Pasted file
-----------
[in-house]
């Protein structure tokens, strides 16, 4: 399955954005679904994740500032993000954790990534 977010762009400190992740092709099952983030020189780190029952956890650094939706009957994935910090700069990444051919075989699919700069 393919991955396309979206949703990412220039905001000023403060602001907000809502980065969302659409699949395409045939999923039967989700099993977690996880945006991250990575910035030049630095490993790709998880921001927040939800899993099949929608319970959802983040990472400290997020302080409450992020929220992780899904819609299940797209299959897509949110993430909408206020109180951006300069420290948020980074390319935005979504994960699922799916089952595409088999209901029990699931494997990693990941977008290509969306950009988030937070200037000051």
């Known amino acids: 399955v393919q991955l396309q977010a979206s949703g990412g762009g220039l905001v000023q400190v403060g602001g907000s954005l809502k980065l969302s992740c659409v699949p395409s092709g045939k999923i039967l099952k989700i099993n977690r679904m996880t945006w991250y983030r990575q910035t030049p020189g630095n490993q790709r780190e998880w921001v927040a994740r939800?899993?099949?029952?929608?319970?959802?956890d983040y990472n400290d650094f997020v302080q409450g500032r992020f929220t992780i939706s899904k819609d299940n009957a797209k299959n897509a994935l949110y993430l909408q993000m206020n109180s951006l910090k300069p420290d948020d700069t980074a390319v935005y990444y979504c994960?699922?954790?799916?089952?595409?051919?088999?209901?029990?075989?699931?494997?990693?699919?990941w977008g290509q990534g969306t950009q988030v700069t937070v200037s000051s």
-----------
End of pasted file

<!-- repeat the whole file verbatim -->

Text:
[in-house]
């Protein structure tokens, strides 16, 4: 399955954005679904994740500032993000954790990534 977010762009400190992740092709099952983030020189780190029952956890650094939706009957994935910090700069990444051919075989699919700069 393919991955396309979206949703990412220039905001000023403060602001907000809502980065969302659409699949395409045939999923039967989700099993977690996880945006991250990575910035030049630095490993790709998880921001927040939800899993099949929608319970959802983040990472400290997020302080409450992020929220992780899904819609299940797209299959897509949110993430909408206020109180951006300069420290948020980074390319935005979504994960699922799916089952595409088999209901029990699931494997990693990941977008290509969306950009988030937070200037000051």
């Known amino acids: 399955v393919q991955l396309q977010a979206s949703g990412g762009g220039l905001v000023q400190v403060g602001g907000s954005l809502k980065l969302s992740c659409v699949p395409s092709g045939k999923i039967l099952k989700i099993n977690r679904m996880t945006w991250y983030r990575q910035t030049p020189g630095n490993q790709r780190e998880w921001v927040a994740r939800?899993?099949?029952?929608?319970?959802?956890d983040y990472n400290d650094f997020v302080q409450g500032r992020f929220t992780i939706s899904k819609d299940n009957a797209k299959n897509a994935l949110y993430l909408q993000m206020n109180s951006l910090k300069p420290d948020d700069t980074a390319v935005y990444y979504c994960?699922?954790?799916?089952?595409?051919?088999?209901?029990?075989?699931?494997?990693?699919?990941w977008g290509q990534g969306t950009q988030v700069t937070v200037s000051s």